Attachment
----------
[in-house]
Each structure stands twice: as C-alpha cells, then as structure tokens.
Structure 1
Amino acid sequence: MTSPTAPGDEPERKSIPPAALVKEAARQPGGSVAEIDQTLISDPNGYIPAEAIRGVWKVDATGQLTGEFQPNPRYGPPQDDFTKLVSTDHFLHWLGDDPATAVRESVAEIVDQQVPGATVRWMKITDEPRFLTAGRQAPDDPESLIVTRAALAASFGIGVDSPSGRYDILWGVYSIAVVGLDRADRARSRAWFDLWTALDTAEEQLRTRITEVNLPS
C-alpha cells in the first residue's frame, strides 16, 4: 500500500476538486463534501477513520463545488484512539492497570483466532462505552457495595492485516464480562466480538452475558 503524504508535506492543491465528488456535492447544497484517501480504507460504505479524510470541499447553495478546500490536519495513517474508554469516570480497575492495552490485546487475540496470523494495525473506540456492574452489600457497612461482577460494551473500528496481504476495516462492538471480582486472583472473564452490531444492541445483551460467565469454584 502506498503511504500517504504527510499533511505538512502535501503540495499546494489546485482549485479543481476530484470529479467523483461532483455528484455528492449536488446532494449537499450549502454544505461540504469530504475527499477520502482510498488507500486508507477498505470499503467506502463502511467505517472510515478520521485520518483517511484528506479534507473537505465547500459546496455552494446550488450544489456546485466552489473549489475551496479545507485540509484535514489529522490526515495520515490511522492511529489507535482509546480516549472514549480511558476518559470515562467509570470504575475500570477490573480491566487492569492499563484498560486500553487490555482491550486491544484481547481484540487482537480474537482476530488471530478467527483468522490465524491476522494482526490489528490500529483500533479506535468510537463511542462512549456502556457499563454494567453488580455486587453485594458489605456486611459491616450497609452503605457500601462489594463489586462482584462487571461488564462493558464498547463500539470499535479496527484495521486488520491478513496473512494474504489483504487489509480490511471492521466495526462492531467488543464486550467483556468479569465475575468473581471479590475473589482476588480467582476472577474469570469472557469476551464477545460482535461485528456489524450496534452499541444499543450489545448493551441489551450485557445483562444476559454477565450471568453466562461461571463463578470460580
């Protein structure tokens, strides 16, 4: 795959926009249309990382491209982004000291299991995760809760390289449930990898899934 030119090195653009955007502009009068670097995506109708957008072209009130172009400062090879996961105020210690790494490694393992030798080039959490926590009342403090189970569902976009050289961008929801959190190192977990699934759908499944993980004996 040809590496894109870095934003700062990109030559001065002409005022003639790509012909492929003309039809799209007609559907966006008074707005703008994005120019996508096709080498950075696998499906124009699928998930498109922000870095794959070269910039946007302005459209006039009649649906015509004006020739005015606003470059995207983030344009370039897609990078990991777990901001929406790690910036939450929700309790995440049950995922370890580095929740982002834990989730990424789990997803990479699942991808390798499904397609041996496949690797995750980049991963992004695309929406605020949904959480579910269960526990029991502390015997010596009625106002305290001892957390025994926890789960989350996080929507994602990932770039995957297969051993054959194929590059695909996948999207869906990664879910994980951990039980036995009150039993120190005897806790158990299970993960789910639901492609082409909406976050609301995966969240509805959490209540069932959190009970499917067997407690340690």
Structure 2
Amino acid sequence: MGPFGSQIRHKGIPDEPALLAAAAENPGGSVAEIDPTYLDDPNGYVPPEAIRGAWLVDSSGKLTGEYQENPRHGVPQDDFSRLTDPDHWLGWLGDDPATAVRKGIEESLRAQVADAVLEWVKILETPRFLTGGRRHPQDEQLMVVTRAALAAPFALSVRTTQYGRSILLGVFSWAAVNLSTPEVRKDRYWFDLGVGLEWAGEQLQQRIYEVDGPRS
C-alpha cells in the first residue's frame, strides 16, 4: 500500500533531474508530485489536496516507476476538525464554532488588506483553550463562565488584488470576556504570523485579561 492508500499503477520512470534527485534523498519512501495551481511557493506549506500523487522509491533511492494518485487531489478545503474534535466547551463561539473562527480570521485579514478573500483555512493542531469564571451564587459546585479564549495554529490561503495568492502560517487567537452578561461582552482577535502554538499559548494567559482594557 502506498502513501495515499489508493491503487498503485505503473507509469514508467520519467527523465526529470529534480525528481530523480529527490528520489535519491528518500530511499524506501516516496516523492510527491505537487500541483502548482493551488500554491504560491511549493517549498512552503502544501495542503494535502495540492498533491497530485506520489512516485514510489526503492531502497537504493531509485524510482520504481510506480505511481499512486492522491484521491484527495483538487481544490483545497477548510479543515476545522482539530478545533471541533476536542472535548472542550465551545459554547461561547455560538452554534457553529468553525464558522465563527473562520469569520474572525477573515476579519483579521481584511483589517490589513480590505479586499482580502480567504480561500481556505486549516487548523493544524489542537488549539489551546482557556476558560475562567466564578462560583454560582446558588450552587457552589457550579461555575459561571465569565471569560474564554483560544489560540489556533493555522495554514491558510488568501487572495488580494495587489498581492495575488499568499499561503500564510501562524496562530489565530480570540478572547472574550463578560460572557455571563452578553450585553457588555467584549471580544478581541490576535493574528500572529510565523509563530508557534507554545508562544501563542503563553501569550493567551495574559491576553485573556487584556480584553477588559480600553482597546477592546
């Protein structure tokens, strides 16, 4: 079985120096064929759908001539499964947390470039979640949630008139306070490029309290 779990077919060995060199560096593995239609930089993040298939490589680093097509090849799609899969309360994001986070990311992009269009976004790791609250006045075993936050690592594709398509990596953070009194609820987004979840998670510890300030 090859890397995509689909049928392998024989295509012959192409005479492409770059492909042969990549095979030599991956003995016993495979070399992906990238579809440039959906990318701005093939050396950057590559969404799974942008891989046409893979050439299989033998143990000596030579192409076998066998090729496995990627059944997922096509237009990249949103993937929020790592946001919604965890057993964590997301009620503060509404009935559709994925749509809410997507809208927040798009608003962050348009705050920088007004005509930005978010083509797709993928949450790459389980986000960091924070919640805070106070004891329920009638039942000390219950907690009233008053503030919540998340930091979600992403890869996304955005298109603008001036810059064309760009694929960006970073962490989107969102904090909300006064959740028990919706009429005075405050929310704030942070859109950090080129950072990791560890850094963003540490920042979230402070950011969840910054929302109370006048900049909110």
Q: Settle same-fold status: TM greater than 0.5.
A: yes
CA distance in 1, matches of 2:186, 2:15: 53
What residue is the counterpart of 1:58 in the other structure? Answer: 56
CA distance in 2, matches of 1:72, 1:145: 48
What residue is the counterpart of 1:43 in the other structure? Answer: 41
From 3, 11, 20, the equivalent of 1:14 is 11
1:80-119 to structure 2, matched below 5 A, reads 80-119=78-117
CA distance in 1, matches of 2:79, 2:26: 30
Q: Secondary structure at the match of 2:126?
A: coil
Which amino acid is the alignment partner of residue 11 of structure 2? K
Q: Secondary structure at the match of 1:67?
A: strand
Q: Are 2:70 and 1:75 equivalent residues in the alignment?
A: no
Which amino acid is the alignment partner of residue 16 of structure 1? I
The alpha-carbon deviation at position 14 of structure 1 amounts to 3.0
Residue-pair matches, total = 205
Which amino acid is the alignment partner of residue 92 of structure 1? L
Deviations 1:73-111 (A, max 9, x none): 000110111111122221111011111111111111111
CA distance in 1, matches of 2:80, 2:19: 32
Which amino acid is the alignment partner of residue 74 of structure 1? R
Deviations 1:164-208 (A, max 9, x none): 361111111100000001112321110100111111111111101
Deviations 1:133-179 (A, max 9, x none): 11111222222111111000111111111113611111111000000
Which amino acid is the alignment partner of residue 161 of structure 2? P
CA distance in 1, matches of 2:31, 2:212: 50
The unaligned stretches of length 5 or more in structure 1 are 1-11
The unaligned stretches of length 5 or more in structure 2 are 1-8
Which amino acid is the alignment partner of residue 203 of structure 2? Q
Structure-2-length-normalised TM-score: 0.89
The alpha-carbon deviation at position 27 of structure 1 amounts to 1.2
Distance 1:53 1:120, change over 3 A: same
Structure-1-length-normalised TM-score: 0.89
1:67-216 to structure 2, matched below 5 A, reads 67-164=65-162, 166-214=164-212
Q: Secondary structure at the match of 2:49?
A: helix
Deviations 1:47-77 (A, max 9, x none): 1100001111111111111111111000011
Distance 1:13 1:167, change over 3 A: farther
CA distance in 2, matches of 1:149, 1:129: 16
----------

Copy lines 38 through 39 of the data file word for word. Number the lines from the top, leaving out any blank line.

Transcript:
The unaligned stretches of length 5 or more in structure 1 are 1-11
The unaligned stretches of length 5 or more in structure 2 are 1-8